As I watched Foreverland, I couldn’t help but recall last year’s well-received Silver Linings Playbook (TMT Review). Both are about a man with an incurable illness who comes to terms with it through a newfound sense of purpose. Like Silver Linings Playbook, Foreverland tries to tackle difficult subject matter, paint it in a realistic light, and offer insight into one of the many things that makes life suck. And like Playbook, Foreverland is too preoccupied with pleasing the audience and providing a neat, satisfactory ending to accomplish these goals.
Will is a 21-year-old with cystic fibrosis, a disorder affecting the lungs, liver, and pancreas. It results in frequent lung infections, and among other things, an insufficient absorption of salt by the membranes of the body. In fact, “salt” is a motif carried throughout the film, but without any apparent deeper meaning or reason. At the start of the film, Will seems obsessed with his own mortality. We first meet him as he is shopping for a casket and he loves reminding people that he has a short “expiry date.” He gains his sense of purpose when his friend Bobby dies and entrusts him with the task of spreading his ashes at a mysterious healing shrine in Mexico. So Will sets out on a cross continent journey accompanied by Hannah, Bobby’s sister and Will’s inevitable love interest.
“I feel that life is divided up into the horrible and the miserable. Those are the two categories, you know? The horrible would be, like… terminal cases, and blind people, cripples. I don’t know how they get through life. It’s amazing to me. And the miserable is everyone else… so when you go through life you should be thankful that you’re miserable, because you’re very lucky to be miserable.” – Woody Allen, Annie Hall
Will’s case is both. Cystic fibrosis causes pain and suffering, which are inherently horrible things. But Will is also miserable, coming across as self-obsessed and isolating. He’s not someone you’d want to spend time hanging around. The difference between Will and Alvy Singer or Harold Chasen is that he’s missing their sardonic wit and charming morbidity. Will ends up being someone you pity, but not a character that can carry an entire film.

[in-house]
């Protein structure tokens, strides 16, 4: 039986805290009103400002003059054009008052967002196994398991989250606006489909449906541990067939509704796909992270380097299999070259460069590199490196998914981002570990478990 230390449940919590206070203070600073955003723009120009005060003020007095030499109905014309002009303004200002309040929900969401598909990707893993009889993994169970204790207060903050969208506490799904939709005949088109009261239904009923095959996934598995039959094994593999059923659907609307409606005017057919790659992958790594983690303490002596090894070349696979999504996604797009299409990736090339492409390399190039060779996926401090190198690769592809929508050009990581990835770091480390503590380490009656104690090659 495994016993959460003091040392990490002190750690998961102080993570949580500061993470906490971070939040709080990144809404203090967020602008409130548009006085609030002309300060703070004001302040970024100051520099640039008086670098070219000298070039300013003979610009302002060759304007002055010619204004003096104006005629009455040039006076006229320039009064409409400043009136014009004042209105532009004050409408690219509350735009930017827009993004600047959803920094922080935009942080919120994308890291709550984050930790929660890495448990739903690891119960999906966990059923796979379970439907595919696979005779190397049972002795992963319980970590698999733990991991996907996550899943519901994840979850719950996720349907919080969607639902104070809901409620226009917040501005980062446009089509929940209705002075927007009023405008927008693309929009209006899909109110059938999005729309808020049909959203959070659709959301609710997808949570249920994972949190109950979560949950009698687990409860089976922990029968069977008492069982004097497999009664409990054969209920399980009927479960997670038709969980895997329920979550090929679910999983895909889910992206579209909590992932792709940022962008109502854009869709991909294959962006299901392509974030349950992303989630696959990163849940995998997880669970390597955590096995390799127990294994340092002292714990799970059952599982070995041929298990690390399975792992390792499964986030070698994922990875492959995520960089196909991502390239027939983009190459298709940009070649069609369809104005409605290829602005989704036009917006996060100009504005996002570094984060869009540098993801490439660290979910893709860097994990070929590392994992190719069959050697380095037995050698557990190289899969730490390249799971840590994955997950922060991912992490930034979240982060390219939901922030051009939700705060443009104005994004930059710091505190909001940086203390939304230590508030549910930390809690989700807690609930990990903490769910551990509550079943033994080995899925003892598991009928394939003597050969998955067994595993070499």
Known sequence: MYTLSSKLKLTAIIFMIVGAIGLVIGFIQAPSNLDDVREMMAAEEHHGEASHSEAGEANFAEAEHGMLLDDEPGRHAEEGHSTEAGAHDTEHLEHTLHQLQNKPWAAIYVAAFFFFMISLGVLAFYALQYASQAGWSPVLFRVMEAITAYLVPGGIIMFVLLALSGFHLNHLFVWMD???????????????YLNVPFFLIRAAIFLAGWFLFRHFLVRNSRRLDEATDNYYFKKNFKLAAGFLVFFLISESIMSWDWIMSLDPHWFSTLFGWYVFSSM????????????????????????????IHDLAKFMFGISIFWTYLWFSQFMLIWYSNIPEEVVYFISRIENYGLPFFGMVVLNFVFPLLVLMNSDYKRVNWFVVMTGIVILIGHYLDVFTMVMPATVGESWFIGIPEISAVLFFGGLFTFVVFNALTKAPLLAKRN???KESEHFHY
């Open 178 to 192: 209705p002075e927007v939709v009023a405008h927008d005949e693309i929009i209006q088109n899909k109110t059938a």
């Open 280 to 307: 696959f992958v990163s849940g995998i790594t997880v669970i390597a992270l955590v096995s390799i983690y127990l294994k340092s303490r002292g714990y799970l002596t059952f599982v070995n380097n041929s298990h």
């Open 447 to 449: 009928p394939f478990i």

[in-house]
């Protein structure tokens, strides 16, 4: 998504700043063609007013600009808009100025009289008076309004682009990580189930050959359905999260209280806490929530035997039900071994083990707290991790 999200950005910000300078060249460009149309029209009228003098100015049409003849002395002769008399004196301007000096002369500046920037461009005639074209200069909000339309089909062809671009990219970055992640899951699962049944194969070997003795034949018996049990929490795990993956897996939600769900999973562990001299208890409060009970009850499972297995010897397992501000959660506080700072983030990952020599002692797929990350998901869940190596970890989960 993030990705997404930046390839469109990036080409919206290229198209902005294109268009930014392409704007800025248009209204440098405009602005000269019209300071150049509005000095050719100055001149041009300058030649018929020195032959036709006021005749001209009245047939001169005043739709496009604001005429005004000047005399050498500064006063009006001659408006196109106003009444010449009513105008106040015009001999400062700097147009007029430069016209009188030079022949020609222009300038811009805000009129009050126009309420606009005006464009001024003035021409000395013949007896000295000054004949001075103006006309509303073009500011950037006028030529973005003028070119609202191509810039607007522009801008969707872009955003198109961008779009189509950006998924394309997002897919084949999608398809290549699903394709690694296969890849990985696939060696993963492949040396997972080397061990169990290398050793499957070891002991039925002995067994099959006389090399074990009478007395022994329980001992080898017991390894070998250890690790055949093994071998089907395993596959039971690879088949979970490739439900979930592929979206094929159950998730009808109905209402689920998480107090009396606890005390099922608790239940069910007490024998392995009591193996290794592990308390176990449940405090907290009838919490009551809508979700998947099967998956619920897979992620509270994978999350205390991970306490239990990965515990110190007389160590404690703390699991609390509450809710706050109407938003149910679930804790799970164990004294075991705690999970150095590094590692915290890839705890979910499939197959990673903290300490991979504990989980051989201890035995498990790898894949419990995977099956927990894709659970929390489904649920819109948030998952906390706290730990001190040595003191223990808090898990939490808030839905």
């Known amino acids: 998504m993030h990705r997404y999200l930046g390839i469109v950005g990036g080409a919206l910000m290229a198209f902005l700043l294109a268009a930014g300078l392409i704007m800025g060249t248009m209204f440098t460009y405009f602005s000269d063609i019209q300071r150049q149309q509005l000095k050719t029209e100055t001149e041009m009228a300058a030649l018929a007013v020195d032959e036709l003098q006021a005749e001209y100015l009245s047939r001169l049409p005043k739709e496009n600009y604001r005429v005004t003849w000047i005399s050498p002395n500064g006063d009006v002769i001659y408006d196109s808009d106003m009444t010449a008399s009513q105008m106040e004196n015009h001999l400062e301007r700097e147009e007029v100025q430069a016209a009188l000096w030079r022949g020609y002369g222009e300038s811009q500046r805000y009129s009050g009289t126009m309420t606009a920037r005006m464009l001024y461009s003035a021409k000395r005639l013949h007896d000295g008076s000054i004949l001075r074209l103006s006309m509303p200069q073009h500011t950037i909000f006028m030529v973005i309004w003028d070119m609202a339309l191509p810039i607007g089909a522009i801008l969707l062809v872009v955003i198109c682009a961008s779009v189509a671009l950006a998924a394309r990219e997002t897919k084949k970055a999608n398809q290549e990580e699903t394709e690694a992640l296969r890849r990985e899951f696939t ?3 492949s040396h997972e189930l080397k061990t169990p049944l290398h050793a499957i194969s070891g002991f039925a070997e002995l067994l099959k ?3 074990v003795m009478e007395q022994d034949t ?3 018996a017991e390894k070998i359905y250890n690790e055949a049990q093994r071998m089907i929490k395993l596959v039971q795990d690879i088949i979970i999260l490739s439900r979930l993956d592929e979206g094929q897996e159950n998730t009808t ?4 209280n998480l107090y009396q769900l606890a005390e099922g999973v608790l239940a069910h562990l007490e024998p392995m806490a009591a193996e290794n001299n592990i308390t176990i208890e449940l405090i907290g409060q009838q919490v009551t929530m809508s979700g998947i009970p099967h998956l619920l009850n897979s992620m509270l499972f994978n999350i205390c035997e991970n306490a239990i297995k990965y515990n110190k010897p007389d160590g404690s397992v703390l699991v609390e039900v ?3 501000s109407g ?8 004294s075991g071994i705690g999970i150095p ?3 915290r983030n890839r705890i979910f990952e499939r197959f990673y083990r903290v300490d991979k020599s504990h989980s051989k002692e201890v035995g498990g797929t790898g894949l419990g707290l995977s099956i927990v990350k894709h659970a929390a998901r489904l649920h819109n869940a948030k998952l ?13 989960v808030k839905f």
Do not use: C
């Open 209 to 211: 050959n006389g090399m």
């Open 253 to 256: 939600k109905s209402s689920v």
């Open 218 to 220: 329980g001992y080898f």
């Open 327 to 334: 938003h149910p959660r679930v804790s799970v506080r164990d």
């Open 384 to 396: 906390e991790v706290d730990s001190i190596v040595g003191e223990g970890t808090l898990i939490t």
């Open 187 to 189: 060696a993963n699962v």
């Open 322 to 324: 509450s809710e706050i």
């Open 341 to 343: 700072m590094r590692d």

Foreverland lacks all the things that make road movies and cross country trips so appealing. Lessons are not learned, inner truths are not exposed, and the detour to include a scene with Juliette Lewis is especially painful (and not in the way the filmmakers intended). But even worse than this is that the film relies on the notion that if it spends the first 75 minutes making you feel terrible, and the final 15 minutes cheering you up, then it has provided an experience. But this method is so tired and worn that it only leaves a bad taste in your mouth (the same kind a nebulizer leaves, I’ll bet). Foreverland is filmmaking at its cheapest and most manipulative. But if there is any shot at a silver lining for the film, it’s that the Hallmark Channel is always looking for new programming.